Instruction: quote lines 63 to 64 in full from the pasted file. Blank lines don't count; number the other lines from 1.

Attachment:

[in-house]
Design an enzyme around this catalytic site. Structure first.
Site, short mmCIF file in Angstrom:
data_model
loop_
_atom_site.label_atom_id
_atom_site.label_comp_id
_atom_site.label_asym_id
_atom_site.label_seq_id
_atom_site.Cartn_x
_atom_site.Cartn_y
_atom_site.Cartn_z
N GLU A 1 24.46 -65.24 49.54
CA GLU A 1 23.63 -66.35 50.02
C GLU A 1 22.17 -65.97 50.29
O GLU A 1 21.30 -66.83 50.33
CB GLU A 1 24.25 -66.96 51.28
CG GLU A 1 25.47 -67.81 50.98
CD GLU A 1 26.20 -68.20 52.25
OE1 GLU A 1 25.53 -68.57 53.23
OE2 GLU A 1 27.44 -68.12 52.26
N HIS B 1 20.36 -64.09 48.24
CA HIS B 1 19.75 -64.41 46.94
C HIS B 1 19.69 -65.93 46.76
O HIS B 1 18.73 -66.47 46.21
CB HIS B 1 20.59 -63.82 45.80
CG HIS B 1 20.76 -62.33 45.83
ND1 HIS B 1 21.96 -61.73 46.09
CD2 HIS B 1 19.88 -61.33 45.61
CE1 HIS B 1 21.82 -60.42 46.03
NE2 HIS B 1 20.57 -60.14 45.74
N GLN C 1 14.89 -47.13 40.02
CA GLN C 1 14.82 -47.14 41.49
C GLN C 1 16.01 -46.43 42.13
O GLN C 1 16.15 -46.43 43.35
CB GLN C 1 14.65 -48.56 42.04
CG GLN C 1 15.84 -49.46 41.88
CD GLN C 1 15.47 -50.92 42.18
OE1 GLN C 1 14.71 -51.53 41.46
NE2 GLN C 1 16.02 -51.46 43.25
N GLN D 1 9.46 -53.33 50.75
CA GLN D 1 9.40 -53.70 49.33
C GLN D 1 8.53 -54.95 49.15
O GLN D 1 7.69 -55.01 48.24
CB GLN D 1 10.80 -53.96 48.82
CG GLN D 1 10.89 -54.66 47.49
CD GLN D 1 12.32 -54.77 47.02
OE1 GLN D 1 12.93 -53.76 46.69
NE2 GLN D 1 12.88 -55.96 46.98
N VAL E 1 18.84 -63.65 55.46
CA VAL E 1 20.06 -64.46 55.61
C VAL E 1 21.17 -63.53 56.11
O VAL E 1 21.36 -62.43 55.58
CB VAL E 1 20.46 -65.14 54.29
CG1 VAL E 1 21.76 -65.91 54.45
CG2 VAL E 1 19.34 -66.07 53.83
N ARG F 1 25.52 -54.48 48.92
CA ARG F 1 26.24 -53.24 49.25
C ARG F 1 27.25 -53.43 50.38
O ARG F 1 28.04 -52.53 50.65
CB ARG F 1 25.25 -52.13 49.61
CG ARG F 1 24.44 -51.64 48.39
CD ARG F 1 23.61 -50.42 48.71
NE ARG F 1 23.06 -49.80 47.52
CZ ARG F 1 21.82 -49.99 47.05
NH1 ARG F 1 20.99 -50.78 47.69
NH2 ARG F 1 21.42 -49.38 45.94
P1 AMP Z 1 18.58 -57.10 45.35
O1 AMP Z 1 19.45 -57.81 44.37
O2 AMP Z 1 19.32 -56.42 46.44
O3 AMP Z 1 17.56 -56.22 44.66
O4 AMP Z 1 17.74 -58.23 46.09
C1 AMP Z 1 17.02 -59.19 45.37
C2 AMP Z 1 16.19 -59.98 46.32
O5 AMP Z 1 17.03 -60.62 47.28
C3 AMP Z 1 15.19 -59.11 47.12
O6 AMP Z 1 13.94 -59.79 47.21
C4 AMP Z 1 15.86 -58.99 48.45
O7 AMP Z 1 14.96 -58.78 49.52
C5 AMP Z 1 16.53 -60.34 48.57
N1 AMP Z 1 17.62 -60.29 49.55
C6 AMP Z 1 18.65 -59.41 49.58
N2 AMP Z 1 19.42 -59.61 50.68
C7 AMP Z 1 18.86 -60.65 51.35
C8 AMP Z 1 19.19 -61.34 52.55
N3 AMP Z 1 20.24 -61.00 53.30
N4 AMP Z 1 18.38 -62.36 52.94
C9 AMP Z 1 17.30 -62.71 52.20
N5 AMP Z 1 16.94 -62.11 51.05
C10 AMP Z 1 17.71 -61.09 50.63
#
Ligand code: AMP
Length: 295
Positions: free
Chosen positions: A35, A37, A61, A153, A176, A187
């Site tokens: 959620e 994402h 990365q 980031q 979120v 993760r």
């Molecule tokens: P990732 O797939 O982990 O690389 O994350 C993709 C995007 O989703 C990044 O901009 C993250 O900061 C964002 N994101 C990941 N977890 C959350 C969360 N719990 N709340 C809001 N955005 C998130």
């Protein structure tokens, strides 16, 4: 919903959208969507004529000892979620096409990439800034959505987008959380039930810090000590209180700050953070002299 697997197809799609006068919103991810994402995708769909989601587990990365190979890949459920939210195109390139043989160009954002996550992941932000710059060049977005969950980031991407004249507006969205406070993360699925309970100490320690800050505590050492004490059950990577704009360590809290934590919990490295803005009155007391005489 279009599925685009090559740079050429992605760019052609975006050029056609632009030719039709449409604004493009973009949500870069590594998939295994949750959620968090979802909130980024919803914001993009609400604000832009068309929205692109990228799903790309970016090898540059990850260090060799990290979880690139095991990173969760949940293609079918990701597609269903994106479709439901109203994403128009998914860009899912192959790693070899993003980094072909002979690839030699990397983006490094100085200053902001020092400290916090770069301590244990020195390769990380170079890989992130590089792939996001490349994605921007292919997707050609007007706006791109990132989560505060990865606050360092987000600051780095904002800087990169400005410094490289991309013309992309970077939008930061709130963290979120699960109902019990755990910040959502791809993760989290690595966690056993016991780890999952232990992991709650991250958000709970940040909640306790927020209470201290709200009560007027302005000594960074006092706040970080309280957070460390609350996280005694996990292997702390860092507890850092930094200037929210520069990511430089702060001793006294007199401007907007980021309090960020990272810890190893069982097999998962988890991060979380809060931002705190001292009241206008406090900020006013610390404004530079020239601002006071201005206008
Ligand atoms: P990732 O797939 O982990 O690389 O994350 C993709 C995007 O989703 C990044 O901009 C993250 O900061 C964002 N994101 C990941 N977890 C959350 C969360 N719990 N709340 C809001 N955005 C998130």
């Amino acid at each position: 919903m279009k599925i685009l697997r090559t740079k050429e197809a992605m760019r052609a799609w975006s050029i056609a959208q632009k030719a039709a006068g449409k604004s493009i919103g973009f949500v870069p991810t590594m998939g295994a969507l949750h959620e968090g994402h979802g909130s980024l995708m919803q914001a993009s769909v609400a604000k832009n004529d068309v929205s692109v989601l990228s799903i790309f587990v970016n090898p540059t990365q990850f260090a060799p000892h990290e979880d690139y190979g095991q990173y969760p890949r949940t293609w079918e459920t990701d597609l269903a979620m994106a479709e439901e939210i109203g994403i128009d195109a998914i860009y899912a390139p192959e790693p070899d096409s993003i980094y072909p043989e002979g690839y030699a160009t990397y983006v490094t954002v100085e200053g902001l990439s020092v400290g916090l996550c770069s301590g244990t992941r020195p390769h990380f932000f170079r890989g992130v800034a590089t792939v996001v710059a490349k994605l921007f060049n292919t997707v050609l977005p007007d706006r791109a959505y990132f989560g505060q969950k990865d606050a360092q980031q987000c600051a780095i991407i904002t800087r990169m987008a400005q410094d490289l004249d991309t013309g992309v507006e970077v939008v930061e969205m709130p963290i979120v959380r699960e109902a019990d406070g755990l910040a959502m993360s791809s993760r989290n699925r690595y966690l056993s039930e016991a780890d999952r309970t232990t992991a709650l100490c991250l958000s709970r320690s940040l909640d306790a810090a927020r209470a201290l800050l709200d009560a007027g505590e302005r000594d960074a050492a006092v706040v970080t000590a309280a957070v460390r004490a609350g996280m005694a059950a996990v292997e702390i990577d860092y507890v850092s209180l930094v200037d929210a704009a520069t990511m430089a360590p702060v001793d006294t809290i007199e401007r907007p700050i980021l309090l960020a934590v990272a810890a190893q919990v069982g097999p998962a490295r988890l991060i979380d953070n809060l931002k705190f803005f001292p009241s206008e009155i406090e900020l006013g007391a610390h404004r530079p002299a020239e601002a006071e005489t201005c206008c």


CD ARG F 1 23.61 -50.42 48.71
NE ARG F 1 23.06 -49.80 47.52